Right.
 
OR, we might just read a book on swimming and decide we never wanted to go swimming in the first place, and save ourselves a bunch of time and money for learn-to-swim arm floats with Wally the Walrus logo ($3.99 plus shipping on ebay) and/or "lessons" we would have otherwise taken and maybe take up horseback riding or golf or something like that instead.  ;)
 
 
Regards,
Mike

 
On 8/2/06, dkotschessa <[EMAIL PROTECTED]> wrote:

--- In Zen_Forum@yahoogroups.com, "Michael Hansen" <[EMAIL PROTECTED]>
wrote:
>
> With all due respect, I'm always a little leery every time someone
says
> "throw out your books" because (quite frankly) they usually read
that in a
> book somewhere themselves, found it catchy, and want to share that
wisdom
> with the world.

Exactly. It's a good way to "sound Zen", like coming up with some
cryptic phrase or putting your shoes on your head ala Joshu.

And I've never met anybody that dished out that advice that's
actually done it.

> Throwing out your books may be the best thing to do for you. Heck,
it may
> be the best thing to do for all of us, but we each need to find
that out
> ourselves. I think once we realize how futile searching for Truth
in books
> is, we put them down naturally. But nothing is forced, and if I
didn't
> exhaust my intellect in books, I'd have to do it somewhere else,
most likely
> in meditation or contemplation of the nature of things. So, what's
the
> difference?
>
> To use your swimming analogy... Sure, I might go check some books
out of
> the library. And yes, I'd probably end up going to a teacher for
help. But
> you can be damn sure *I'd* be the one moving my legs and arms and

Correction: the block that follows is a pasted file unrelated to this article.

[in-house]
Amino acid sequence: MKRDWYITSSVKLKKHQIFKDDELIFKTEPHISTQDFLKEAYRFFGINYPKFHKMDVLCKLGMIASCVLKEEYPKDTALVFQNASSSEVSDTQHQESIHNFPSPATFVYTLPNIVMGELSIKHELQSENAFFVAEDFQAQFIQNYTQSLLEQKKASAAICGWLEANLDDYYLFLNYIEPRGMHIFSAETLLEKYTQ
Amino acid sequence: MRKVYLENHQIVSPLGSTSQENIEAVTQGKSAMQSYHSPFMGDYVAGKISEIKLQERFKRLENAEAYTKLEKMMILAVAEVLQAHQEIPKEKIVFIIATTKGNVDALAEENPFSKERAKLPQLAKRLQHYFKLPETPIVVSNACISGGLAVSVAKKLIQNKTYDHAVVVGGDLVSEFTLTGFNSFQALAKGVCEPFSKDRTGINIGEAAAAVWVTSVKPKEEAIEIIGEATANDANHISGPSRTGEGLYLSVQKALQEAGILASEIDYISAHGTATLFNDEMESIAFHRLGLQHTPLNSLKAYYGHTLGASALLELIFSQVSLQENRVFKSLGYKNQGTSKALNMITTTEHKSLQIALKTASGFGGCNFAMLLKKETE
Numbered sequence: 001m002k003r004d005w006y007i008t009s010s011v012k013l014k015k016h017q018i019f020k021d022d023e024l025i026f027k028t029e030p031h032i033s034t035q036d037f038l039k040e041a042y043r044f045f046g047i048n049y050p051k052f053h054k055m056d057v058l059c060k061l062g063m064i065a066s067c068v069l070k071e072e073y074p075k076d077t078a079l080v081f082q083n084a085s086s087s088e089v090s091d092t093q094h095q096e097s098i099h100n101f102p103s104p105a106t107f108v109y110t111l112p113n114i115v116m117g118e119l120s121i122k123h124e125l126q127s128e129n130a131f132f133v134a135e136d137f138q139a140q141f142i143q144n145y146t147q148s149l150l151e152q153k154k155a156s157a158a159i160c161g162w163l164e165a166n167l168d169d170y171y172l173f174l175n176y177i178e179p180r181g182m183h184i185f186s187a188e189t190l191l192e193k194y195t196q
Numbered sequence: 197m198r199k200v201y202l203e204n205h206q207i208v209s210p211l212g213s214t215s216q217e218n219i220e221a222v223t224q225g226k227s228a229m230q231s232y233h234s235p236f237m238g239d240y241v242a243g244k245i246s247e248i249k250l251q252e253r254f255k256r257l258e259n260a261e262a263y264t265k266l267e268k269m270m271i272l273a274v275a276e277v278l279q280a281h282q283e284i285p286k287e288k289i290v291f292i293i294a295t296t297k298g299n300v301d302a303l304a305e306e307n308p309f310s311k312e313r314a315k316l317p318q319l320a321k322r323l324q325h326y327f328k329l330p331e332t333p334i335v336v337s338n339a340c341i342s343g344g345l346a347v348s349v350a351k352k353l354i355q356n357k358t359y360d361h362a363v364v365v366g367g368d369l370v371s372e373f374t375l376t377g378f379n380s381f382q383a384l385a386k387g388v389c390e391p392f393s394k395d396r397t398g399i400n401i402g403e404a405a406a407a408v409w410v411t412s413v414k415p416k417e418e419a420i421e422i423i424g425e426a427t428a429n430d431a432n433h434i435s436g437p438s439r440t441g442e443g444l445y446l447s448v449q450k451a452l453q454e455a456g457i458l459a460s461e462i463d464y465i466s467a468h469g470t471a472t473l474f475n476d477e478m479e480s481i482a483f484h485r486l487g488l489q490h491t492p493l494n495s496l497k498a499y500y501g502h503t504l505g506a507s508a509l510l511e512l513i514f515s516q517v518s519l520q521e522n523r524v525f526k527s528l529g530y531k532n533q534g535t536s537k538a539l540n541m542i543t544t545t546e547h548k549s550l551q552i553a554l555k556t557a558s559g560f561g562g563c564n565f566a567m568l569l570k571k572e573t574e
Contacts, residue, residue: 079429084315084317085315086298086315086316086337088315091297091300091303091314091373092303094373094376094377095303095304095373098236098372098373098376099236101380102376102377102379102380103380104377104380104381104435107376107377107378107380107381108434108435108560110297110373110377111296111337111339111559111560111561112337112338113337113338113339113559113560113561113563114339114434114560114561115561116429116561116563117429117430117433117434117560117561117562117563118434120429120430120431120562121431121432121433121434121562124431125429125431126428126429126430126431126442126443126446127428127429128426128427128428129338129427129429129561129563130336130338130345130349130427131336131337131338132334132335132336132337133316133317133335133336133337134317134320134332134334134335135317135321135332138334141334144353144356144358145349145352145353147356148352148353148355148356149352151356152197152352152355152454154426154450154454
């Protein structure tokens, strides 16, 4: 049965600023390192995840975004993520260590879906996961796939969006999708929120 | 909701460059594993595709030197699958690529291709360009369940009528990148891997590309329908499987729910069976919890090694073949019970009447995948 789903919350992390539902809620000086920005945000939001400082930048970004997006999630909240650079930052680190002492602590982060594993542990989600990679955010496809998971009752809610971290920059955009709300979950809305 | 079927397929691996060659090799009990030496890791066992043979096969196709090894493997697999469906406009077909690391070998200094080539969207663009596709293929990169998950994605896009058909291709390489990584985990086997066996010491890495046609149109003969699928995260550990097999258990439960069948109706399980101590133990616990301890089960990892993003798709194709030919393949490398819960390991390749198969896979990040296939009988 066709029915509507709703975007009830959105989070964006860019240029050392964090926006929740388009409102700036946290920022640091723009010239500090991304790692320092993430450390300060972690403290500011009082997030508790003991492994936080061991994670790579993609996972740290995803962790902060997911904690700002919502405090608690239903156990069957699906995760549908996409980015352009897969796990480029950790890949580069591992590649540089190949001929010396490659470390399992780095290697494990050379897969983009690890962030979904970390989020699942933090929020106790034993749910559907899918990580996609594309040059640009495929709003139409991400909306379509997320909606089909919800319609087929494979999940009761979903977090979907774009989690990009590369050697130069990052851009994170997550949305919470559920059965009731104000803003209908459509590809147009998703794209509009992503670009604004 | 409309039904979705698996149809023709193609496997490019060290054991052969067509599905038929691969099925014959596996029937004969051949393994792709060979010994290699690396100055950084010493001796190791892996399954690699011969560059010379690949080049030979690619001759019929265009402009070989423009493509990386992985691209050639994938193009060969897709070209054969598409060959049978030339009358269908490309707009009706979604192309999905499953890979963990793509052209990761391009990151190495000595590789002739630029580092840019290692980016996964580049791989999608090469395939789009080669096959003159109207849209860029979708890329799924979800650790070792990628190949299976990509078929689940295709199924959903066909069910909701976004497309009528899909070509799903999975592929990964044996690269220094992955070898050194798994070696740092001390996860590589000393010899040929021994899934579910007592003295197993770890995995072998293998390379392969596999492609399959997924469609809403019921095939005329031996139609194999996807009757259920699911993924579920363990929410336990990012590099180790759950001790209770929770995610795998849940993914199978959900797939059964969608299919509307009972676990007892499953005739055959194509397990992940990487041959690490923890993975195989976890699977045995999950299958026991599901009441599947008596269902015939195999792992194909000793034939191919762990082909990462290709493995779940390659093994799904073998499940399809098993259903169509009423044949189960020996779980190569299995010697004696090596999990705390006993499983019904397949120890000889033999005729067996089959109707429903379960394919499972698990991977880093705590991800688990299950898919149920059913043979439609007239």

doing the
> swimming.

And if you wanted to be a good swimmer and be able to fully engage in
it, you'd do everything you could. You might even read about
physiology, the dynamics of water, AND you'd have a teacher and spend
a lot of time with other swimmers. But more than anything else, you
would swim a lot - a whole lot. Most of the time when you're
swimming you wouldn't worry about the stuff you read in books, but
bit by bit that knowledge would guide you and people would wonder
what your secret was.

> By the way, I read that swimming analogy in a book somewhere
myself. See,
> not everything you read in books went to waste. :)
>
>
> Regards,
> Mike
>
>
>
>
> On 8/2/06, Bill Smart <[EMAIL PROTECTED]> wrote:
> >
> > On Wednesday, August 02, 2006 dkotschessa wrote:
> >
> > >Have you thrown away all your books, Bill?
> >
> > No. I sit on them when I do zazen.
> >
> > What would you do if you wanted to learn to swim? Would you go
down to the
> > library and checkout a bunch of books on swimming? Or would you
locate a
> > swimming pool with a swimming teacher? Or maybe you'd just jump
in the
> > water and hope for the best.
> >
> > After a competent teacher has helped you through any fears you
have of the
> > water, helped you relax so you can discover you naturally float,
and then
> > taught you to dog-paddle a little - them maybe you could check
out some
> > books on doing the butterfly and the backstroke.
> >
> > dkotschessa? Don't we already have a dkotschessa? Guess not...
> >
> > ..Bill!
> >
> > **************************************************************
> > Scanned by VisNetic MailScan for SMTP Servers.
> > Visit http://www.deerfield.com/products/visnetic_mailscan.
> > **************************************************************
> >
> >
> >
>


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